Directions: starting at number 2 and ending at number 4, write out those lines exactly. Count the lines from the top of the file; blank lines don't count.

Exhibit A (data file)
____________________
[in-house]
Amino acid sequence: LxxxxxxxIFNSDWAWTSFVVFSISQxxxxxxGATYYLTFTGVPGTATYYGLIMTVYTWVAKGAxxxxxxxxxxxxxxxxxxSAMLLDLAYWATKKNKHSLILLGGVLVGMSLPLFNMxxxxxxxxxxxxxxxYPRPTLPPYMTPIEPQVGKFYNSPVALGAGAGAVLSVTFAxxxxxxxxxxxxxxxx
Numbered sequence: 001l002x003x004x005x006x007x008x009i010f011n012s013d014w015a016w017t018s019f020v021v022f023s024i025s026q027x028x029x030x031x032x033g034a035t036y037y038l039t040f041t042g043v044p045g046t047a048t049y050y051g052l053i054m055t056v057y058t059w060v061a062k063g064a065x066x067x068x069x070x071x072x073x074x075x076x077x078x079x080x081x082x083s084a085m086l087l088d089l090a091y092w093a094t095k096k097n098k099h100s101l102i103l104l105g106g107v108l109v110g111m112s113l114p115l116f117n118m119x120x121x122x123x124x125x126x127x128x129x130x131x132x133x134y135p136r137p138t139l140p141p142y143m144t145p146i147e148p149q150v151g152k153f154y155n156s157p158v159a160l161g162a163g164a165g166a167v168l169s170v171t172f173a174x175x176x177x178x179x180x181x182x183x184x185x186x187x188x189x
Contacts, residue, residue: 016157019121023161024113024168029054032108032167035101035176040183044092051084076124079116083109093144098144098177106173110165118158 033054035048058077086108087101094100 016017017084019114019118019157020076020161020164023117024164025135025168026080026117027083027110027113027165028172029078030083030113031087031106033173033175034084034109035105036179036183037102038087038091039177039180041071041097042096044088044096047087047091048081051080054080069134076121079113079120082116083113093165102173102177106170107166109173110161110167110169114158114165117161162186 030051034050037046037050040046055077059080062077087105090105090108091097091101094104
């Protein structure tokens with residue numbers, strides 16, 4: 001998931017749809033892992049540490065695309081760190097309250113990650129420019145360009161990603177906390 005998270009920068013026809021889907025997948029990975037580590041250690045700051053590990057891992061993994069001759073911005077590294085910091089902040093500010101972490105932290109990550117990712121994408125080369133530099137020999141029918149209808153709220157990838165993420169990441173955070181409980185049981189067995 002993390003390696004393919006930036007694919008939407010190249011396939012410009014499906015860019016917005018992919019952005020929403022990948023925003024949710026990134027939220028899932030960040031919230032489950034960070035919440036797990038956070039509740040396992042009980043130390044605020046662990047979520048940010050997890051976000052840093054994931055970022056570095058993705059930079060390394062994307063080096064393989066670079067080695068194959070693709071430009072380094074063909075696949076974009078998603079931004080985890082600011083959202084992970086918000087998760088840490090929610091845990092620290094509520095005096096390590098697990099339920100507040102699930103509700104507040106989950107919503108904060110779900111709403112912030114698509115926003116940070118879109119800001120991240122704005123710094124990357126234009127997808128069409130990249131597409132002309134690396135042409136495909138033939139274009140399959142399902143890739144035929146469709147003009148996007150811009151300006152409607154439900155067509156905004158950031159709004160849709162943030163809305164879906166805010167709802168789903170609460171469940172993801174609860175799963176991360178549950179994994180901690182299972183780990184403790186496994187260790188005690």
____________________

Amino acid sequence: LxxxxxxxIFNSDWAWTSFVVFSISQxxxxxxGATYYLTFTGVPGTATYYGLIMTVYTWVAKGAxxxxxxxxxxxxxxxxxxSAMLLDLAYWATKKNKHSLILLGGVLVGMSLPLFNMxxxxxxxxxxxxxxxYPRPTLPPYMTPIEPQVGKFYNSPVALGAGAGAVLSVTFAxxxxxxxxxxxxxxxx
Numbered sequence: 001l002x003x004x005x006x007x008x009i010f011n012s013d014w015a016w017t018s019f020v021v022f023s024i025s026q027x028x029x030x031x032x033g034a035t036y037y038l039t040f041t042g043v044p045g046t047a048t049y050y051g052l053i054m055t056v057y058t059w060v061a062k063g064a065x066x067x068x069x070x071x072x073x074x075x076x077x078x079x080x081x082x083s084a085m086l087l088d089l090a091y092w093a094t095k096k097n098k099h100s101l102i103l104l105g106g107v108l109v110g111m112s113l114p115l116f117n118m119x120x121x122x123x124x125x126x127x128x129x130x131x132x133x134y135p136r137p138t139l140p141p142y143m144t145p146i147e148p149q150v151g152k153f154y155n156s157p158v159a160l161g162a163g164a165g166a167v168l169s170v171t172f173a174x175x176x177x178x179x180x181x182x183x184x185x186x187x188x189x
Contacts, residue, residue: 016157019121023161024113024168029054032108032167035101035176040183044092051084076124079116083109093144098144098177106173110165118158 033054035048058077086108087101094100 016017017084019114019118019157020076020161020164023117024164025135025168026080026117027083027110027113027165028172029078030083030113031087031106033173033175034084034109035105036179036183037102038087038091039177039180041071041097042096044088044096047087047091048081051080054080069134076121079113079120082116083113093165102173102177106170107166109173110161110167110169114158114165117161162186 030051034050037046037050040046055077059080062077087105090105090108091097091101094104